Republicans criticize Ted Cruz for calling Jan. 6 a violent terrorist attack
On the eve of the Jan. 6 anniversary, Republican Sen. Ted Cruz called the riot "a violent terrorist attack on the Capitol," drawing the ire of several Republican pundits, including Fox News commentator Tucker Carlson.
"Of all the things that Jan. 6 was, it was definitely not a violent terrorist attack," Carlson said Wednesday night. "It wasn't an insurrection. Was it a riot? Sure. It was not a violent terrorist attack — sorry!"
Carlson called the arrest of the perpetrators a "purge."
Cruz's remarks came at a Senate Rules Committee hearing with U.S. Capitol Police Chief Tom Manger to review how similar threats could be handled differently in the future.
The Texas senator called Jan. 6 "an anniversary of a violent terrorist attack on the Capitol, where we saw the men and women of law enforcement demonstrate incredible courage."
"Anyone who commits an act of violence should be prosecuted, and anyone who assaults a law enforcement officer should go to jail for a very long time," Cruz added.
In response to Cruz, Sebastian Gorka, who was a deputy assistant to former President Donald Trump, stated on Twitter, "I'm so done with Ted Cruz."
Gorka is currently fighting a subpoena for his phone records that was filed by the House select committee that's investigating the Jan. 6 attack.
Among Democrats, some welcomed Cruz's remarks, even as they called it hypocritical for him to seek the moral high ground after voting against certifying the 2020 election results that cemented Joe Biden's defeat of Trump.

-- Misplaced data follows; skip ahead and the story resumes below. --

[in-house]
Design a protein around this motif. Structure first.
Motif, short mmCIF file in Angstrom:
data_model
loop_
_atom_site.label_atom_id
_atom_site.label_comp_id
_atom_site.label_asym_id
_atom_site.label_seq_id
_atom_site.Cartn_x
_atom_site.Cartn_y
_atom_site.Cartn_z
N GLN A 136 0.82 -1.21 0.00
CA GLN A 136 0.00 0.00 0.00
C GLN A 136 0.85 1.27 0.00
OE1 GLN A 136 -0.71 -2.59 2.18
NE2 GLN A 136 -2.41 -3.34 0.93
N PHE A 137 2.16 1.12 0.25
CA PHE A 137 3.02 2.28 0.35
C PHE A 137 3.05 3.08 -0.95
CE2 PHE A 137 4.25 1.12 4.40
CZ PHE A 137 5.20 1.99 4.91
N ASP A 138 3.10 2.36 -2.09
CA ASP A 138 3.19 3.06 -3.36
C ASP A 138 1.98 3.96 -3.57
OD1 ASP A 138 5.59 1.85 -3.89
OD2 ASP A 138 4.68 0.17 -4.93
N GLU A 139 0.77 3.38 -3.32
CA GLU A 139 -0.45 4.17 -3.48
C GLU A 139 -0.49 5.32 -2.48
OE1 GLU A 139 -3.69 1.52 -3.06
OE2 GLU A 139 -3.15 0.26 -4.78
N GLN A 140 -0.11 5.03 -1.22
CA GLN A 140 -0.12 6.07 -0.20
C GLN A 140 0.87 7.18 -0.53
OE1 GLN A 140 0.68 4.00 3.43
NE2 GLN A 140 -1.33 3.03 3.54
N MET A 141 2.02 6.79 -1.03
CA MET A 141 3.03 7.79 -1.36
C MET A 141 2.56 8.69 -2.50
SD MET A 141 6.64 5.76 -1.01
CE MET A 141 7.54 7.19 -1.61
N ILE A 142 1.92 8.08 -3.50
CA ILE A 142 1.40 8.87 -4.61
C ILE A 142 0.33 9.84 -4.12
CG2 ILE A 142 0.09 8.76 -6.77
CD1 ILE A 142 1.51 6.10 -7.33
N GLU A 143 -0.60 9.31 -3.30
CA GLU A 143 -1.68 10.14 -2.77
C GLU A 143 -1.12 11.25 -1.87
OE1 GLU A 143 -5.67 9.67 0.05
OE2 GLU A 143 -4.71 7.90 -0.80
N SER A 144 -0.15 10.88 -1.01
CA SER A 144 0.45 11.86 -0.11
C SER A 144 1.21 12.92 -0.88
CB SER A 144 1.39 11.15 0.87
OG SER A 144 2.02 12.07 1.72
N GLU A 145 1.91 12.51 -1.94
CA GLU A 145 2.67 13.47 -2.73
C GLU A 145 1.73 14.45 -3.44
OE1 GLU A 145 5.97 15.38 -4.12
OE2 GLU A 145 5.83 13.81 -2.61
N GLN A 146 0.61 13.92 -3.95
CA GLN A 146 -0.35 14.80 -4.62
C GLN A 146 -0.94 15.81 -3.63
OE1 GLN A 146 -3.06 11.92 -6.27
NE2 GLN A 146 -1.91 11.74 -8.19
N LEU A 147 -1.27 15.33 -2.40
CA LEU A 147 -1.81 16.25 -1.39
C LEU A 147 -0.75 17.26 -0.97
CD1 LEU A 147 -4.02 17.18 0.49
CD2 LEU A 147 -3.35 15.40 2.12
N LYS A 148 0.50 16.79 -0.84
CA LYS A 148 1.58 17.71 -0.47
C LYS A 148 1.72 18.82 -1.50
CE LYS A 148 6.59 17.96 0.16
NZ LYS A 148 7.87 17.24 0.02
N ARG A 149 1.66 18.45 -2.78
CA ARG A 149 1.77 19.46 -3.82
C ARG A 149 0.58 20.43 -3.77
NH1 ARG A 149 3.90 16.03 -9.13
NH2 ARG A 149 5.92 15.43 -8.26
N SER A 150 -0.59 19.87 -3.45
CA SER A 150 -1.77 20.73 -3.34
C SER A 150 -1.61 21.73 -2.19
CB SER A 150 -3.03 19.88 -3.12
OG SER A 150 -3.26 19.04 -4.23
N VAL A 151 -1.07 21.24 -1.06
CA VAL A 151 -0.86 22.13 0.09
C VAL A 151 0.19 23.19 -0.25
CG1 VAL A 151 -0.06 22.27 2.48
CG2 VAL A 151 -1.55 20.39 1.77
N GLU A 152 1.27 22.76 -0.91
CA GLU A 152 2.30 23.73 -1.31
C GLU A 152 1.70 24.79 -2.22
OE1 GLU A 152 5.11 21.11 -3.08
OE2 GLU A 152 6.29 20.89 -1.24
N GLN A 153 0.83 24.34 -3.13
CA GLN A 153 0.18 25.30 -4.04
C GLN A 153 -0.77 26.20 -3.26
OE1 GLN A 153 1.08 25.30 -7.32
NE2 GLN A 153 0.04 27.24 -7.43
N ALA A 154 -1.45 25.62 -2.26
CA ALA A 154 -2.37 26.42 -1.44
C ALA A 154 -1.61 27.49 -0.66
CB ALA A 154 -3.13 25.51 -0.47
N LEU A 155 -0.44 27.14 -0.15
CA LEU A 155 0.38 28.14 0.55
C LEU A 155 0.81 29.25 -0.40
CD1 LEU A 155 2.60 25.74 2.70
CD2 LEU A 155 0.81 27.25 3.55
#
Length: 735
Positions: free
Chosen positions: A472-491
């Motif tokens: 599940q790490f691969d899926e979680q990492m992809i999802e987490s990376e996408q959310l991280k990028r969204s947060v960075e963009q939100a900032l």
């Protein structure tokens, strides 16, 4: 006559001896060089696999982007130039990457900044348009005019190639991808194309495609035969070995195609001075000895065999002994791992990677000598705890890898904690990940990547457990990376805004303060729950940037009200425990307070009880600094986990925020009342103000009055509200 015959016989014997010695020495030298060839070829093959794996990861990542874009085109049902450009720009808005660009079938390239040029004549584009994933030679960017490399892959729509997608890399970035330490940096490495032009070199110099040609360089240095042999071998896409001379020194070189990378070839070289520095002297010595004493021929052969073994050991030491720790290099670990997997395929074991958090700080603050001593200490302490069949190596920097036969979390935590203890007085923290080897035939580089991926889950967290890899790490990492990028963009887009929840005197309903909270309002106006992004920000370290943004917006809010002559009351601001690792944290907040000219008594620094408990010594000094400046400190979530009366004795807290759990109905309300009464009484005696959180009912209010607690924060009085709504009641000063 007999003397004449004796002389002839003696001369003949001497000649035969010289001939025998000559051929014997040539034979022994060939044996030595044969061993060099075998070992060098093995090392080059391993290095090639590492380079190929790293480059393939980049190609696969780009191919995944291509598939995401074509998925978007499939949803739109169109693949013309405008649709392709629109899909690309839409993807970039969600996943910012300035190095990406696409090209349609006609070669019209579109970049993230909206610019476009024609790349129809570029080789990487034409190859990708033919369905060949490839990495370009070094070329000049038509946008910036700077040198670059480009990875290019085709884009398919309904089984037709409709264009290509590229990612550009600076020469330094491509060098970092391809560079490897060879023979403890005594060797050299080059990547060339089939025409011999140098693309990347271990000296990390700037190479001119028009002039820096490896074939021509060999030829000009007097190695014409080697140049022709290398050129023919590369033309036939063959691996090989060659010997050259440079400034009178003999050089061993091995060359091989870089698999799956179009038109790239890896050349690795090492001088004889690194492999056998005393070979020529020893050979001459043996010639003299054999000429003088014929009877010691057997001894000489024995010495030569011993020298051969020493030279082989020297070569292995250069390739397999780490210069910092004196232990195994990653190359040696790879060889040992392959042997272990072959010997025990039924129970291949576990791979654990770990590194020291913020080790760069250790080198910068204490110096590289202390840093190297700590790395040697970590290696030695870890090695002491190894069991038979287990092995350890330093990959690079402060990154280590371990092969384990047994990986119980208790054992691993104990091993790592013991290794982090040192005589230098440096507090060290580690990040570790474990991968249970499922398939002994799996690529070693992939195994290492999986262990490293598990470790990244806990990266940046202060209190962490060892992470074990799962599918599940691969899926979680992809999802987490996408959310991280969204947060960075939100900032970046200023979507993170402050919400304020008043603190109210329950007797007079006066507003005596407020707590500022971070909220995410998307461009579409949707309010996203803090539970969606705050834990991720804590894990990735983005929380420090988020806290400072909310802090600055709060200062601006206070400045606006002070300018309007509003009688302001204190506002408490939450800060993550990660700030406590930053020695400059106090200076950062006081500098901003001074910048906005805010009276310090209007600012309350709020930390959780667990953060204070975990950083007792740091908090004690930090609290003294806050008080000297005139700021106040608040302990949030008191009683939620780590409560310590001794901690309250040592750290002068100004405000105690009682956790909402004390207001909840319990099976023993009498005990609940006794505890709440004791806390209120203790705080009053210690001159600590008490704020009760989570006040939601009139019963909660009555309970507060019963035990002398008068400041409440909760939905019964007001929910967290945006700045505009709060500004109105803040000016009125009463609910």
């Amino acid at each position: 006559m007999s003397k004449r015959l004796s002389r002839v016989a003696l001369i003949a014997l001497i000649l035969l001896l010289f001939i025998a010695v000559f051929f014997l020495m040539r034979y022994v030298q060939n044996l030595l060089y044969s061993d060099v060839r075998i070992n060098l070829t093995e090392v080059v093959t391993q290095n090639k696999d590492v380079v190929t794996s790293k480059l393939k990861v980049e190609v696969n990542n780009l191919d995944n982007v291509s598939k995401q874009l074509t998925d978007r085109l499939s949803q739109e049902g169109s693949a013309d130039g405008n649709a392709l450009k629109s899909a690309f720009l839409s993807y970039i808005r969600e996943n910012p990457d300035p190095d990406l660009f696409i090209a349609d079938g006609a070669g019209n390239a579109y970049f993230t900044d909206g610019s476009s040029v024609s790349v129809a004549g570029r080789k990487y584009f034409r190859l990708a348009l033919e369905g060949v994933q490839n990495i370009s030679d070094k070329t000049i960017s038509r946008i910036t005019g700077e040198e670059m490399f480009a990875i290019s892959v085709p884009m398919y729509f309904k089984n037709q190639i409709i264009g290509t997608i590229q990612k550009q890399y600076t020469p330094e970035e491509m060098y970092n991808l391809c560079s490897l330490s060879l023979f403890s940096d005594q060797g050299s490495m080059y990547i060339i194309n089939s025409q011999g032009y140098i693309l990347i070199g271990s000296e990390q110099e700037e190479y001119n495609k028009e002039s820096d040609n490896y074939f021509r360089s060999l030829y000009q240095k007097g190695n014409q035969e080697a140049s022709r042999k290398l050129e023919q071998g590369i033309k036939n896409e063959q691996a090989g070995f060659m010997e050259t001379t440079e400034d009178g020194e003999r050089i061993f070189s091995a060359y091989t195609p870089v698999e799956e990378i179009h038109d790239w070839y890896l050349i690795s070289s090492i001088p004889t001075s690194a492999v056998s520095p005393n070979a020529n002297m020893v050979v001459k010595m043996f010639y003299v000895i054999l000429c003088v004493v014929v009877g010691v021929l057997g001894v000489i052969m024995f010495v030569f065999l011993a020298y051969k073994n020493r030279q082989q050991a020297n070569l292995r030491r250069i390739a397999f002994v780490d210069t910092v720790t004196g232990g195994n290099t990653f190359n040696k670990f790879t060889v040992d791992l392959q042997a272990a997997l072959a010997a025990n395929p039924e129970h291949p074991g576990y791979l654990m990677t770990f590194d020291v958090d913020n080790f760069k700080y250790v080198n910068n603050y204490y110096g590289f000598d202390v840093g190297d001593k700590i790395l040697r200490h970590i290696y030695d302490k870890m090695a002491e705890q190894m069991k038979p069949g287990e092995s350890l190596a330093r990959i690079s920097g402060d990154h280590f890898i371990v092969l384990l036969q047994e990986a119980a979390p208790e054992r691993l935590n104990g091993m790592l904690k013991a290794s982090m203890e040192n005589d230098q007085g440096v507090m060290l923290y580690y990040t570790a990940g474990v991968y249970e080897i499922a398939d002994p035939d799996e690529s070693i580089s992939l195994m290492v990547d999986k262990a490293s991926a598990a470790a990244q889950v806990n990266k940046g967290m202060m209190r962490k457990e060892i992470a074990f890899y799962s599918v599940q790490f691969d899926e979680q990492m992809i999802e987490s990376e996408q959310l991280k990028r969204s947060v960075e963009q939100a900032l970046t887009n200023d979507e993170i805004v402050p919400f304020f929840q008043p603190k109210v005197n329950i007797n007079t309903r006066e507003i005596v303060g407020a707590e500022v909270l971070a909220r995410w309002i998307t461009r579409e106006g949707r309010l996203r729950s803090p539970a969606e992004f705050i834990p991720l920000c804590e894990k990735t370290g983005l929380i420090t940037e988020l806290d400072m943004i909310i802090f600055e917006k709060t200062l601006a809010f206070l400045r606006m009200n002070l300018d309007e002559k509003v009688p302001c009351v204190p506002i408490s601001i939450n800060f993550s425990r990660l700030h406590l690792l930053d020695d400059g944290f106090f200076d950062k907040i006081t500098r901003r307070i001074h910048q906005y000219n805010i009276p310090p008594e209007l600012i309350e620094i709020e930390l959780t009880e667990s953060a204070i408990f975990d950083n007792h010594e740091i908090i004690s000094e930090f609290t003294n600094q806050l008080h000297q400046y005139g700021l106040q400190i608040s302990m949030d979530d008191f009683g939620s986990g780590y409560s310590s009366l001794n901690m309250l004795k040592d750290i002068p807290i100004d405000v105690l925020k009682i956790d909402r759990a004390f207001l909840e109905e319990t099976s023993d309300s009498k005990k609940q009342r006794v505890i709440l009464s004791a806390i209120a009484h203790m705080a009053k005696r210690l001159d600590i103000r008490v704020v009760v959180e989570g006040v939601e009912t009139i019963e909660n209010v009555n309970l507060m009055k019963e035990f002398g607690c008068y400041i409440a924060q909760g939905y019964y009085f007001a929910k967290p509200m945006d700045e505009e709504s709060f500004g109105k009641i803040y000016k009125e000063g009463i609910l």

Immediately after Cruz spoke, Sen. Alex Padilla, a Democrat from California, said that he appreciated Cruz's recognition of the attack, which he called a deadly assault on the U.S. political process.
"We should also agree on a bipartisan basis to ask some questions: Was it organic and spontaneous, or was it organized and premeditated?" Padilla asked, noting that Republicans in the Senate had quashed attempts to establish a bipartisan panel to investigate those questions.
Karl Rove, another prominent Republican, wrote an opinion piece for The Wall Street Journal in which he attacked members of his own party who have sought to excuse the actions of people who violently attacked the Capitol, as well as those who "aided the attempt to overthrow our democracy."
"The GOP has a duty to condemn the riot and those who refuse to acknowledge it," Rove wrote.
On Thursday, Senate Republican Leader Mitch McConnell released a statement calling Jan. 6, 2021, "a dark day for Congress and our country," adding, "This disgraceful scene was antithetical to the rule of law."
Echoing other congressional Republicans on the anniversary, McConnell also accused Democrats of politicizing the event for strategic gain.
Copyright 2022 NPR. To see more, visit https://www.npr.org.